The ice cracked below the feet of five Kenai police investigators, and several members of Alaska media, Thursday as the group traversed frozen swampy meadows, crossed streams and searched a wooded area northeast of Wildwood Correctional Facility in search of answers to a five-month mystery.
As fall turns to winter, the window of opportunity to search for the missing Kenai family of four grows shorter by the day.
Rebecca Adams, 23, Michelle Hundley, 6, Jaracca Hundley 3, and Brandon Jividen, 37, were reported missing in early June after the family missed a rent payment for their apartment on California Drive in north Kenai.
In an area where it’s more common to find moose and bears, a two-day search led by Kenai police last week resulted in the discovery of an article of outerwear found in the northeast wooded area a couple miles away from the family’s home. While police haven’t confirmed if the clothing belonged to the family, it is one of the few leads in the case.
Kenai Police Sgt. Ben Langham, the lead investigator on the case, said if investigators believe the article of clothing belonged to one of the family members they will have it lab tested.
Kenai Lt. David Ross said the focus Thursday was to expand the search area near where the item was found. Officers also planned to search an island of trees a couple of miles northeast of the family’s home where an unidentified item was located in an aerial search last week. Since Kenai police rekindled the field investigation last week, 20 officers and members of the Federal Bureau of Investigations have assisted in the search.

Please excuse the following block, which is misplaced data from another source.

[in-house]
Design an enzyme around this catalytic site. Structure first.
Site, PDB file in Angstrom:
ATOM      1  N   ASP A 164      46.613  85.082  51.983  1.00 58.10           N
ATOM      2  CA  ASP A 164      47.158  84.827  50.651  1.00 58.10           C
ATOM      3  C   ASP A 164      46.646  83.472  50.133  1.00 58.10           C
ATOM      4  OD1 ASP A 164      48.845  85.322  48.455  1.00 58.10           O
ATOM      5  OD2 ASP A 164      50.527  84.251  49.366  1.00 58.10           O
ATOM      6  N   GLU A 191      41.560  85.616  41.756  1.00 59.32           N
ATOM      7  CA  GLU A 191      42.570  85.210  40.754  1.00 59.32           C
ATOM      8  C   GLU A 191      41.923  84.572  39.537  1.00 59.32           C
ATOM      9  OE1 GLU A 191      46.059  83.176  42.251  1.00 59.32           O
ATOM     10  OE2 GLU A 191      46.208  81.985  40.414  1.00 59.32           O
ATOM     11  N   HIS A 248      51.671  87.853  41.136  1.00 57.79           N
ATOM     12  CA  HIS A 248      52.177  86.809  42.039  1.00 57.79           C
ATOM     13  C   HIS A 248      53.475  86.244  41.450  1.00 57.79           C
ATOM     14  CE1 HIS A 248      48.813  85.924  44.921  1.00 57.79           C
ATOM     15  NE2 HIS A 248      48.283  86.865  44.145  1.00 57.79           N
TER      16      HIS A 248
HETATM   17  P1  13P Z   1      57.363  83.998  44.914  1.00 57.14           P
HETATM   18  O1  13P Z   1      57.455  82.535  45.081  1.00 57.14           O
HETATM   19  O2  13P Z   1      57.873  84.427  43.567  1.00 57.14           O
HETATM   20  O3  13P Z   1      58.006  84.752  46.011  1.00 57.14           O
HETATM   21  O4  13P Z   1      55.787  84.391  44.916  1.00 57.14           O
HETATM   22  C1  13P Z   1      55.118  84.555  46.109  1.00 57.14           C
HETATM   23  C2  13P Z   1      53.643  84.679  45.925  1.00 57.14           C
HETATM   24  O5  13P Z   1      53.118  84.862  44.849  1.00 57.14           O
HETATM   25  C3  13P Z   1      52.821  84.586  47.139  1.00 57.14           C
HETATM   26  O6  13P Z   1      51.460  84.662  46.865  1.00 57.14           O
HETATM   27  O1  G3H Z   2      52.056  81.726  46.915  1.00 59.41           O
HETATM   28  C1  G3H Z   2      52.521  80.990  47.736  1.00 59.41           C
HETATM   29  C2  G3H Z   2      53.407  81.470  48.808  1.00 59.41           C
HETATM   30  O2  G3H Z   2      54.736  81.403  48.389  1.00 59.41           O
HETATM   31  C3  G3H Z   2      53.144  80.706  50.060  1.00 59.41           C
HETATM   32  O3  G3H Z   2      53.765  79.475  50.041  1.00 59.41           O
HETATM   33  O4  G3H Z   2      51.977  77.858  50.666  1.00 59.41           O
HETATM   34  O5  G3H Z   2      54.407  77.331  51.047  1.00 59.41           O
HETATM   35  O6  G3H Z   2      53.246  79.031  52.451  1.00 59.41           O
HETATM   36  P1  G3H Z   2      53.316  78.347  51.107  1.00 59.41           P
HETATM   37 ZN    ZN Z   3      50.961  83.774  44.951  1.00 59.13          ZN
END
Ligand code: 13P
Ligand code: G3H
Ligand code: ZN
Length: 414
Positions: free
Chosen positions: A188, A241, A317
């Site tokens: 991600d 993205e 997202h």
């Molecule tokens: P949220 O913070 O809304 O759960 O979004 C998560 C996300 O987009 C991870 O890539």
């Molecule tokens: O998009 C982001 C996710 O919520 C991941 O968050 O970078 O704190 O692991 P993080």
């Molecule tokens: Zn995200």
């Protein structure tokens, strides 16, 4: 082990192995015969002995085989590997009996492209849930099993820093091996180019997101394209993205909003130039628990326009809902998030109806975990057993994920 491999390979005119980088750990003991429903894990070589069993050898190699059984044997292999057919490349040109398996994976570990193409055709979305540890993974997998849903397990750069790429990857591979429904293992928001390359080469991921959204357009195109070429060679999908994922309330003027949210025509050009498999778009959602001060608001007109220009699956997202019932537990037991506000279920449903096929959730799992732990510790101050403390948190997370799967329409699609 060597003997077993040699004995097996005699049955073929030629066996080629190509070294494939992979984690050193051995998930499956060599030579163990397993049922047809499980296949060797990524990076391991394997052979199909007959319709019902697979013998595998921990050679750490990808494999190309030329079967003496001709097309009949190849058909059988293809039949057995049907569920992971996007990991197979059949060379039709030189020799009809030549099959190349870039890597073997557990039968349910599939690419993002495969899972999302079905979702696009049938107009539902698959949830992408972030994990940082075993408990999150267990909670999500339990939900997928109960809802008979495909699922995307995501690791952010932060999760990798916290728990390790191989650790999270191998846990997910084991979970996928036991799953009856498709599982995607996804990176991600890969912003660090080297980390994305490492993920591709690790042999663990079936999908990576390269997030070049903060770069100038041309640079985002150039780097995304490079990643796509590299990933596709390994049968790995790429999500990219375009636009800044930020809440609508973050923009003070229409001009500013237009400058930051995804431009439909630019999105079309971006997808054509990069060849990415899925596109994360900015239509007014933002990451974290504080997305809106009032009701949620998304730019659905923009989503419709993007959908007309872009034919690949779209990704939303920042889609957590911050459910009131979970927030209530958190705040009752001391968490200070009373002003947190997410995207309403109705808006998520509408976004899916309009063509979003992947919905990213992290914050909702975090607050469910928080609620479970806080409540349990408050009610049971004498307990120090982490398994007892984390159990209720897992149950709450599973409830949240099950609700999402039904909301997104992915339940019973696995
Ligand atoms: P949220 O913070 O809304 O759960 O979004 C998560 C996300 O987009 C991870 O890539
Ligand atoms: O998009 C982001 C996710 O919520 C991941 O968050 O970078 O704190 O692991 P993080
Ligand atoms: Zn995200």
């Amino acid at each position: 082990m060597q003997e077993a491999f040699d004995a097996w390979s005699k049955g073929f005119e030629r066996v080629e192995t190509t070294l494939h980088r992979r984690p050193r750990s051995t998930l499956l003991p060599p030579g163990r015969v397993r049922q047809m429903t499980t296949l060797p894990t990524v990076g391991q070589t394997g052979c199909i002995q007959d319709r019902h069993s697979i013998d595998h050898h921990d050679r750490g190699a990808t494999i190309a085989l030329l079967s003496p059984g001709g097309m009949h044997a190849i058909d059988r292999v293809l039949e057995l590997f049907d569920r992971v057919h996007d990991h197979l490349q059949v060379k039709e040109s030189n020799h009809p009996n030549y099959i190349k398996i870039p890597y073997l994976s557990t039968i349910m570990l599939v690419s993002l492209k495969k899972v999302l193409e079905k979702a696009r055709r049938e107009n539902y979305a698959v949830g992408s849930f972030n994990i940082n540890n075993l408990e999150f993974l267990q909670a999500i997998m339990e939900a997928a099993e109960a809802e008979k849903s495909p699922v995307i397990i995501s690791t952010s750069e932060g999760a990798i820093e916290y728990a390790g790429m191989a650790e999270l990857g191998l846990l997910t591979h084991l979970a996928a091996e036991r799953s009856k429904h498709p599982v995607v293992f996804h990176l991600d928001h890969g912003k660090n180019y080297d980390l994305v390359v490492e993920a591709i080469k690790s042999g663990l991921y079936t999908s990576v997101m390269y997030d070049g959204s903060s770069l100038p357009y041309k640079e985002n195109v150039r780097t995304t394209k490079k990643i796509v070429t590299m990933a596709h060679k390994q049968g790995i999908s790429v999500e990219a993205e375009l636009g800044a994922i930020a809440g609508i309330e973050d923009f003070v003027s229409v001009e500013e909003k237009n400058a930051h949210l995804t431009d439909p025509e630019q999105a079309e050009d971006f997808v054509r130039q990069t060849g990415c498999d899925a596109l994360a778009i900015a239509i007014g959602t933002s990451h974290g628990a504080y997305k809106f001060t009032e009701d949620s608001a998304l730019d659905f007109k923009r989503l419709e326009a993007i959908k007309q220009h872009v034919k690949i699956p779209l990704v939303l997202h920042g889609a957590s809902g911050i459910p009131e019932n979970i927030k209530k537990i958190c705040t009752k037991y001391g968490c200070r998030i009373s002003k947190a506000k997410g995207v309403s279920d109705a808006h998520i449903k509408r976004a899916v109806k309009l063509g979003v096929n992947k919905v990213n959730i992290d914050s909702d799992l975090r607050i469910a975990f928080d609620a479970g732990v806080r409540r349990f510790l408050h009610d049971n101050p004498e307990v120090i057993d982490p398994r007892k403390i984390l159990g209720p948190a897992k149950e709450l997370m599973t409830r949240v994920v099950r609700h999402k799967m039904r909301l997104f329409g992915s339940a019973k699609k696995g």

Ross said investigators know Jividen was familiar with area and often hunted in the woods around his home.
Ross, Langham were joined in the search by investigator Paul Cushman and officers Alex Prins and Dan Smith. Several Anchorage television and newspaper media members requested to join the search Thursday, Ross said.
“It is important to bring the case back in the media spotlight,” Ross said. “Any information and tips we get back would be helpful.”
Langham said having the media along in the search is a benefit to keep the story in the public’s mind in hopes it could generate new leads.
After five hours several miles from the staging area at the end of Borgen Road, the search came up empty. Ross said they located the item seen from the plane and it appeared to be a shooting target frozen to the ground.
A bullet-ridden vehicle was also found in the swamp area.
“This is a big case for our department,” Ross said. “A lot (is) on the shoulders of our investigators. We don’t have a lot of serious, high profile crime in Kenai. It is frustrating to solve for the concerned family.”
As officers went deeper in the woods past all-terrain vehicle trails frequented by hunters and outdoor enthusiasts, the frozen terrain made the search through the marshy areas easier to travel.
Ross said the renewed search is not a result of any new leads, but another opportunity to concentrate on specific areas before the anticipation of snow arrives and blankets the area.
“Last week we crossed a swampy area through water 10 inches deep,” said Kenai Lt. David Ross. “The freeze is an advantage to explore that area.”
The latest search effort came up empty like the countless others performed by law enforcement and community members alike. A black glove was found by a reporter from the Alaska Dispatch News during the search Thursday, but Langham confirmed it belonged to a FBI searcher who had previously scanned the area.
Ross said the department has not received any new investigative leads into the family’s disappearance.
Both Brandon Jividen and Rebecca Adams’ vehicles were left at the home along with camping gear and the kids’ car seats. With no leads on where the family could have gone, police couldn’t continue with search efforts, he said.
Reach Dan Balmer at email@example.com